In the past, the president has insisted that Bin Laden’s unknown whereabouts is no big deal. (Here’s Bush in a March 2002 press conference: “You know, I just don’t spend that much time on him.”) But it’s certain that, if Bin Laden gets nabbed between now and Election Day, the president will be singing a different tune: Bin Laden’s capture or killing will be cast as a milestone in the “war on terror,” a development that makes the “homeland” safer and shows that Bush and the Republican congress are doing things right.
That said, which would be better politically — Bin Laden dead or Bin Laden alive? The former promises loads of visceral satisfaction, especially if it’s unusually gory (decapitation, impalement, etc.). Ultimately, though, a living Bin Laden would probably be best for the GOP. For starters, he’d provide torrents of anti-American verbiage which Bush could forcefully denounce. Even better, he’d offer a test case for the new Bush-backed Military Commissions Act, which basically legalizes torture. Every few days, Bin Laden’s interrogators could hint at valuable intelligence they’d gleaned thanks to this legislation; meanwhile, Democrats who’d criticized the bill could be painted repeatedly as soft on Osama.
Another scenario worth pondering: the situation in Iraq suddenly gets much, much better. “Iraq is terrible for the Republicans,” says University of Virginia political scientist Larry Sabato. “There’s got to be some big piece of good news that Rove has waiting in the wings.” Such as? “Some dramatic movement within the Iraqi government that suggests they’ve finally gotten their act together; then you have some announcements about troop withdrawals, without a major date, by the end of the year.”
Myself, I can’t think of a single development that would prove the Iraqi government’s competence or viability. But without some kind of drastic internal improvement (real or alleged), Bush — who’s now calling the Democrats the “party of cut and run” — would look like a hypocrite if he offered a withdrawal plan of his own. And, as Sabato notes, the plan in question would need to be vague (so it could be altered gracefully later on) and scheduled for after the election. Undecided Americans could be more inclined to vote Republican if, say, 30,000 troops came home at the end of October. If Iraq lapses into unfettered civil war a few days later, though, they might change their minds.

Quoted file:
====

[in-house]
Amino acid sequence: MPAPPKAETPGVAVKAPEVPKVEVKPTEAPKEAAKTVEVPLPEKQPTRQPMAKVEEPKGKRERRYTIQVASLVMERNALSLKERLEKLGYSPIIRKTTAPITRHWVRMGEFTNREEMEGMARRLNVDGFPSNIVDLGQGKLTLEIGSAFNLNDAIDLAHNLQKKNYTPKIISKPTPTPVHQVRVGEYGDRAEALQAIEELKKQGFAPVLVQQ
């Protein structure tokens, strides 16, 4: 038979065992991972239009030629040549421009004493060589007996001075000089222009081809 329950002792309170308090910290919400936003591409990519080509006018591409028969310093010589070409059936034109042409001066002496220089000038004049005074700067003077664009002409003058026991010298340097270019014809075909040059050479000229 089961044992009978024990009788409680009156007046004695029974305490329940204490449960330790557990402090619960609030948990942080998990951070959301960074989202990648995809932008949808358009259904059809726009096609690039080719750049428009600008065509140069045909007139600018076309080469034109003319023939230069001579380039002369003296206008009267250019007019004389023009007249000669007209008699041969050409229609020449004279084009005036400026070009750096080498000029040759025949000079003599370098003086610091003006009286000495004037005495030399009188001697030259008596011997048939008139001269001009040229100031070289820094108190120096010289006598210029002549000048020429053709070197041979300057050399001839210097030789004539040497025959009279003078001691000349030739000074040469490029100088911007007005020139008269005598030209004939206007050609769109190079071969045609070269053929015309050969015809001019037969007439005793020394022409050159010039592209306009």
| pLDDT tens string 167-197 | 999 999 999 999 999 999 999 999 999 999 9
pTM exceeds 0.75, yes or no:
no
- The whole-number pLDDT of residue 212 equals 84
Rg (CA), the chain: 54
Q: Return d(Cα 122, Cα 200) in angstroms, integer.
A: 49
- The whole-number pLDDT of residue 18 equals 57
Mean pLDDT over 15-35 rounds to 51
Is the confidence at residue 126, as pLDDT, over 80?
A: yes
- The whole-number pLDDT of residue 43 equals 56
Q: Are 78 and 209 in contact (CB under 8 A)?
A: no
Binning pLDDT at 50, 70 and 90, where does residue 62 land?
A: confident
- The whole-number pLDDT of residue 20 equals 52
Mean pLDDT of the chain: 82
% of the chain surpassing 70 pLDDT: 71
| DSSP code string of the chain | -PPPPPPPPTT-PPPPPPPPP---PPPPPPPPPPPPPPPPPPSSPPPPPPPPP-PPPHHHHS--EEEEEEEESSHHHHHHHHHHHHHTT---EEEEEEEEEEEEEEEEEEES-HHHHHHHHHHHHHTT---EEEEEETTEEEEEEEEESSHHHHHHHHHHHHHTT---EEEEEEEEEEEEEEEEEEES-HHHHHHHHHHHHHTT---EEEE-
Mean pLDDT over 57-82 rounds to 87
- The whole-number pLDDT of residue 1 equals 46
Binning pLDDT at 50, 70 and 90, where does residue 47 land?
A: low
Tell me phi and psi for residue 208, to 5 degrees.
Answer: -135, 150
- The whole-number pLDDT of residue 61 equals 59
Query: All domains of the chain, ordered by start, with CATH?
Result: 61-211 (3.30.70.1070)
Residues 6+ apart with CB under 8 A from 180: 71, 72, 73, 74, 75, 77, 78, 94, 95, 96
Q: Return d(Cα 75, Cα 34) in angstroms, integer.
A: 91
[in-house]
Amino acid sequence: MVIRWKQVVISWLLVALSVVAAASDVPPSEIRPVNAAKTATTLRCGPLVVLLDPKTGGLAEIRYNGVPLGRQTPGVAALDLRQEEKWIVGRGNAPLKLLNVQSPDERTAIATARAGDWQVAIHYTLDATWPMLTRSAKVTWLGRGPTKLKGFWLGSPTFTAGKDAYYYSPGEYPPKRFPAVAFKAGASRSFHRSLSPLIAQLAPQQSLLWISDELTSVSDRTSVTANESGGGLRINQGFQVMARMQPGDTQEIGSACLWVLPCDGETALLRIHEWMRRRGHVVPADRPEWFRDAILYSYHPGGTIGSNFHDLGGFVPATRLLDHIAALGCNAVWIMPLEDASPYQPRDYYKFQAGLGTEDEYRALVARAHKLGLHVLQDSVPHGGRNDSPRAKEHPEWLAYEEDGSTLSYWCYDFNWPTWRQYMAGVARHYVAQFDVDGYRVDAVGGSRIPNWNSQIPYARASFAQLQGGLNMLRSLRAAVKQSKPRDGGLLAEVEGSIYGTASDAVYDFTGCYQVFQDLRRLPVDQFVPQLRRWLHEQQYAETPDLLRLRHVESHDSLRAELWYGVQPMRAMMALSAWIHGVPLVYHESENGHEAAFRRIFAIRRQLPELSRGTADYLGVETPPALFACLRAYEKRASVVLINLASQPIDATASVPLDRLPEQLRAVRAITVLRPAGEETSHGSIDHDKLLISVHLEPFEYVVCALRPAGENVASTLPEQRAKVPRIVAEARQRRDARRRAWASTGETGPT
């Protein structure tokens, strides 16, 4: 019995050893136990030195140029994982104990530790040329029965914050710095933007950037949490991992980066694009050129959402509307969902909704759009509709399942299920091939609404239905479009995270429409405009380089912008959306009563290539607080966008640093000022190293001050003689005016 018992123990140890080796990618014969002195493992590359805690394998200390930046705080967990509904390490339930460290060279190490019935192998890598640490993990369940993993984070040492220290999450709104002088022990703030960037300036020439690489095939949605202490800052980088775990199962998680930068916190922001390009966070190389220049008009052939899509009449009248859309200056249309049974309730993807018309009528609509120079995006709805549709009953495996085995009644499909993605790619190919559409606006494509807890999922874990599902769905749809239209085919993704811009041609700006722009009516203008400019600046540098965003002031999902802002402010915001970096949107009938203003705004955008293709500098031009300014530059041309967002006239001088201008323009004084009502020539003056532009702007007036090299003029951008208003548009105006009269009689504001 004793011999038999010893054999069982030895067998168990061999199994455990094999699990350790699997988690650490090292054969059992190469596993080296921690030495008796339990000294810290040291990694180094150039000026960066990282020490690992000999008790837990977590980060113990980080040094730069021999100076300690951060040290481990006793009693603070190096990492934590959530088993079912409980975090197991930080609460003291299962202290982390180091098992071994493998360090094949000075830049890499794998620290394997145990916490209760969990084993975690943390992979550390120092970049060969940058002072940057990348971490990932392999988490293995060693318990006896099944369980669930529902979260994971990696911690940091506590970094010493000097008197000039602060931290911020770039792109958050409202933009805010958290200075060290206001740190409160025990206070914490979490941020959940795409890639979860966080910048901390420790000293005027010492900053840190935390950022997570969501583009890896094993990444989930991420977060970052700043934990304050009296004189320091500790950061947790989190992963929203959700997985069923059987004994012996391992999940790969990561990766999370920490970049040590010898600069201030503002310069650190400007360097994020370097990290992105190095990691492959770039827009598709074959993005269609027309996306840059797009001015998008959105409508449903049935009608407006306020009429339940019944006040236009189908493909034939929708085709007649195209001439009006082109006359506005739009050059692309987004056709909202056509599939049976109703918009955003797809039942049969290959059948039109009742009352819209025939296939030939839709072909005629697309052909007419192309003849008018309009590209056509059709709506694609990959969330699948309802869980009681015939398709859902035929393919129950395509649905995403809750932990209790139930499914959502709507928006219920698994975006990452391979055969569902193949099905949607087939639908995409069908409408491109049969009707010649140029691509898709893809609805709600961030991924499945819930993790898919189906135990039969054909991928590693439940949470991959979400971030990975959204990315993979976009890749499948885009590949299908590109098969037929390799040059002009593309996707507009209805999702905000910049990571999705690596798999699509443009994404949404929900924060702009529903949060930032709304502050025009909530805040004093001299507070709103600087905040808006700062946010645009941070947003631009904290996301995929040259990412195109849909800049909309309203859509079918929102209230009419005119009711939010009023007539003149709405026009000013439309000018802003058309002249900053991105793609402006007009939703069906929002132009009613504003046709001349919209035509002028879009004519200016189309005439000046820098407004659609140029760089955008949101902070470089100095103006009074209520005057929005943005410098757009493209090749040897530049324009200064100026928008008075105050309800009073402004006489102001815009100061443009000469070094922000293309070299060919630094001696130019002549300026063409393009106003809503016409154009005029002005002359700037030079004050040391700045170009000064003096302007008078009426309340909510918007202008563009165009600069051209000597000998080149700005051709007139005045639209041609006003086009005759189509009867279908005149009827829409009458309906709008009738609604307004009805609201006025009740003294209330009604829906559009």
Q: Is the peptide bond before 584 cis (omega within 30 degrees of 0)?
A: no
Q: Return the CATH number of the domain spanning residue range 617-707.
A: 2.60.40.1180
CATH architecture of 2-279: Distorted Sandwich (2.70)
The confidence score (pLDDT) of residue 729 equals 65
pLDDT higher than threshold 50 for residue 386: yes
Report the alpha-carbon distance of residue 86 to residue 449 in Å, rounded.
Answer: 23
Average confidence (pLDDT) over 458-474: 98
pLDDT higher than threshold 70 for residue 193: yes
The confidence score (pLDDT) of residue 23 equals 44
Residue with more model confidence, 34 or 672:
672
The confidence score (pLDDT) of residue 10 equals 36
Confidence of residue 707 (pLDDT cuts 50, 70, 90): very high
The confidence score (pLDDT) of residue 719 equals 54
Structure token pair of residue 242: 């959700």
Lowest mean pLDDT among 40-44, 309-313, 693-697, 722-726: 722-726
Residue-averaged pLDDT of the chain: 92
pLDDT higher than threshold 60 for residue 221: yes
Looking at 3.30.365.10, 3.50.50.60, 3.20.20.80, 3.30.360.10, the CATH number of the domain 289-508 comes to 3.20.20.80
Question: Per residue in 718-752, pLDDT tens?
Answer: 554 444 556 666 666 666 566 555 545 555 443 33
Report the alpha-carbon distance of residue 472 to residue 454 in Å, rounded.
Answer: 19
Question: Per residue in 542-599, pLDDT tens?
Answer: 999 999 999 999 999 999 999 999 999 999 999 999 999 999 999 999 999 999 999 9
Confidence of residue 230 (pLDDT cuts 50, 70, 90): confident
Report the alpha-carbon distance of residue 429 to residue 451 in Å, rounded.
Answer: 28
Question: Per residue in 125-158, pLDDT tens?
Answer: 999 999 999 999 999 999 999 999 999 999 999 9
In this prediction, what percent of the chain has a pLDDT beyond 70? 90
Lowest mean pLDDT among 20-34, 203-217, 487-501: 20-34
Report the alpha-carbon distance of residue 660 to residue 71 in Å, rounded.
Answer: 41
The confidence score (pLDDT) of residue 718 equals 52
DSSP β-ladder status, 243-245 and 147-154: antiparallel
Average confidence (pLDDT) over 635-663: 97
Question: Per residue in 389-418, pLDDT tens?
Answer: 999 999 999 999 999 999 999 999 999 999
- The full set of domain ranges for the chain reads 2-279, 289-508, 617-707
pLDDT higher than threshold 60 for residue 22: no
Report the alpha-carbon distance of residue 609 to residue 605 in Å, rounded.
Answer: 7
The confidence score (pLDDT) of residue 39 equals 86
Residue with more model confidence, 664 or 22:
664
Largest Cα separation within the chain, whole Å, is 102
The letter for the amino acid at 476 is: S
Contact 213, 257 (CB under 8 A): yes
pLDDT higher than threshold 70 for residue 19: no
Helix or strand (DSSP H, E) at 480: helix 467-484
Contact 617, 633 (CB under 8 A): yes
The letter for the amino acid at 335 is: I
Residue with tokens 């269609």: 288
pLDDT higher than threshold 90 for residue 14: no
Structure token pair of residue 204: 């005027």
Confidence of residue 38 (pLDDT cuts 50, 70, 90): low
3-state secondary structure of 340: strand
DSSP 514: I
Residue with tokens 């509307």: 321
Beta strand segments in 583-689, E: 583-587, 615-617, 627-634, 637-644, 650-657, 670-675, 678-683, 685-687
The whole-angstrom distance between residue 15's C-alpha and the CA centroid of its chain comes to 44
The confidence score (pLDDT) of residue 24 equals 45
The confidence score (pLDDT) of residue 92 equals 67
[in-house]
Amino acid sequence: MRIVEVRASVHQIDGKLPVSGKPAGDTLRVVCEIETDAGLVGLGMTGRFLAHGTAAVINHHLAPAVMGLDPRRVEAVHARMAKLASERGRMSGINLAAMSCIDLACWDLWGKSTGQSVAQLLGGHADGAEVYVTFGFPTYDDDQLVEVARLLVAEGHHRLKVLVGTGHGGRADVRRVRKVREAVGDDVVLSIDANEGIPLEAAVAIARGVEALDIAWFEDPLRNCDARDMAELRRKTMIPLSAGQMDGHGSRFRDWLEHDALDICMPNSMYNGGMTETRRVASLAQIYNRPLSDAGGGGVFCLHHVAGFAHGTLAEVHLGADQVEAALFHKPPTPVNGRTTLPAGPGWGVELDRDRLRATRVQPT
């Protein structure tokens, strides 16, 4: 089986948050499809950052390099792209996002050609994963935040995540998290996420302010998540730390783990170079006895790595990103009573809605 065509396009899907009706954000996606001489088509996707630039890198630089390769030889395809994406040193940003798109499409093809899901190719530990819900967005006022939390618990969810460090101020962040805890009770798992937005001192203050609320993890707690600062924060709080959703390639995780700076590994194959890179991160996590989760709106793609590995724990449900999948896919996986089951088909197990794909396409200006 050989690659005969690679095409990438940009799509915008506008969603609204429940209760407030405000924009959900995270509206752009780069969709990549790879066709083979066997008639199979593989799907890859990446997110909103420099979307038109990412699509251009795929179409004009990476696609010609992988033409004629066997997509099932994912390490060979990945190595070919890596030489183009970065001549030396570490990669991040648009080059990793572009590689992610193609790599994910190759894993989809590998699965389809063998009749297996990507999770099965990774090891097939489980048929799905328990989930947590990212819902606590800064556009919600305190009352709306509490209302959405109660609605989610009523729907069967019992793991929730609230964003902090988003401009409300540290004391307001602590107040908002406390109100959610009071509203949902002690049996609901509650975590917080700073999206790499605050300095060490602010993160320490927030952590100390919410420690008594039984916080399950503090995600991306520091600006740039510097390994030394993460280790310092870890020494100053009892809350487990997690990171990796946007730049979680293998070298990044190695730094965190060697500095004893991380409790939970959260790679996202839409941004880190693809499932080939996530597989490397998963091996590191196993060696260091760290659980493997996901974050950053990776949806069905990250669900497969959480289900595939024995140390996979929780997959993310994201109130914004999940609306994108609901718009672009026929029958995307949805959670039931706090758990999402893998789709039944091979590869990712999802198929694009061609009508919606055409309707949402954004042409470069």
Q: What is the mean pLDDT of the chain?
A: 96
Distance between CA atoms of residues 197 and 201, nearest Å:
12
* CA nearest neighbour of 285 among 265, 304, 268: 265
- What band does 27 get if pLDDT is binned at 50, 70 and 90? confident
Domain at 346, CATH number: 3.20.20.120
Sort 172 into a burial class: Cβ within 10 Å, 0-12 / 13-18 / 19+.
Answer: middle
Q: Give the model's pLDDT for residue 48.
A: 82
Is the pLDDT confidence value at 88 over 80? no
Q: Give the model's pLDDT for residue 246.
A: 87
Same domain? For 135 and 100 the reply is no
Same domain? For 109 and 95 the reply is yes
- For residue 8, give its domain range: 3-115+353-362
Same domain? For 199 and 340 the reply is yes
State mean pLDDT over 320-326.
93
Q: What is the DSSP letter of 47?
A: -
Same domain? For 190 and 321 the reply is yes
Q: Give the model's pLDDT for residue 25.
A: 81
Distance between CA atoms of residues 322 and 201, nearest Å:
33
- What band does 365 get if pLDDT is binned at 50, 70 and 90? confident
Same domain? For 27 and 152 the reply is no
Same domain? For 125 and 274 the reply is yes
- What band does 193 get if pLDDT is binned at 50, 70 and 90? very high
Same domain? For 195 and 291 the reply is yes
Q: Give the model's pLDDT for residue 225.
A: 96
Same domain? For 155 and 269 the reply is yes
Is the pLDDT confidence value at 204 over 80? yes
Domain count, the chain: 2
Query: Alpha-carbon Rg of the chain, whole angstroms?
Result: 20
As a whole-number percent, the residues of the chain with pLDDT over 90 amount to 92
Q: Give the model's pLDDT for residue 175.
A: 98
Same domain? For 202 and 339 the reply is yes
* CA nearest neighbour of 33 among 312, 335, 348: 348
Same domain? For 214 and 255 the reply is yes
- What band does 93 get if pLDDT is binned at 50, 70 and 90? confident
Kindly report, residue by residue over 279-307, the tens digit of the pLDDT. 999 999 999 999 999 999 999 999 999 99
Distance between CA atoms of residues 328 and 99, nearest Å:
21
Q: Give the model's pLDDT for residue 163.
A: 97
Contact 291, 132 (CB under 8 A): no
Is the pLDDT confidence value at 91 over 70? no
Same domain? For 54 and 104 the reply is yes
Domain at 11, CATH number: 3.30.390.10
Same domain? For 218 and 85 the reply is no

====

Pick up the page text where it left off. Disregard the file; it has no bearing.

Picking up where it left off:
But what if Bush & Co. aren’t planning to decrease our overseas military commitment this month? What if they actually increase it — by attacking Iran? (Forget North Korea; Kim Jong Il doesn’t fit the whole “Islamofascism” narrative now in vogue at the White House.) In a September cover story in Time titled “What Would War Look Like?”, Michael Duffy reported that several ships capable of laying and hunting mines were poised to set sail to the Persian Gulf by early October. Along with the dusting-off of a plan to blockade Iranian oil ports, this development “suggest[s] that a much-discussed — but until now largely theoretical — prospect has become real: that the US may now be preparing for war with Iran,” Duffy wrote. (In fact, the USS Eisenhower Carrier Strike Group, which includes a guided-missile cruiser, two guided-missile destroyers, and an attack sub, reportedly left for the Persian Gulf on Tuesday.) A wholesale war might not help the GOP, since Bush’s handling of Iraq is increasingly unpopular with the American public. But if it were a limited operation in response to an (allegedly) imminent threat — bombing purported nuclear-weapons facilities in Iran, say — Republicans could take advantage at the polls.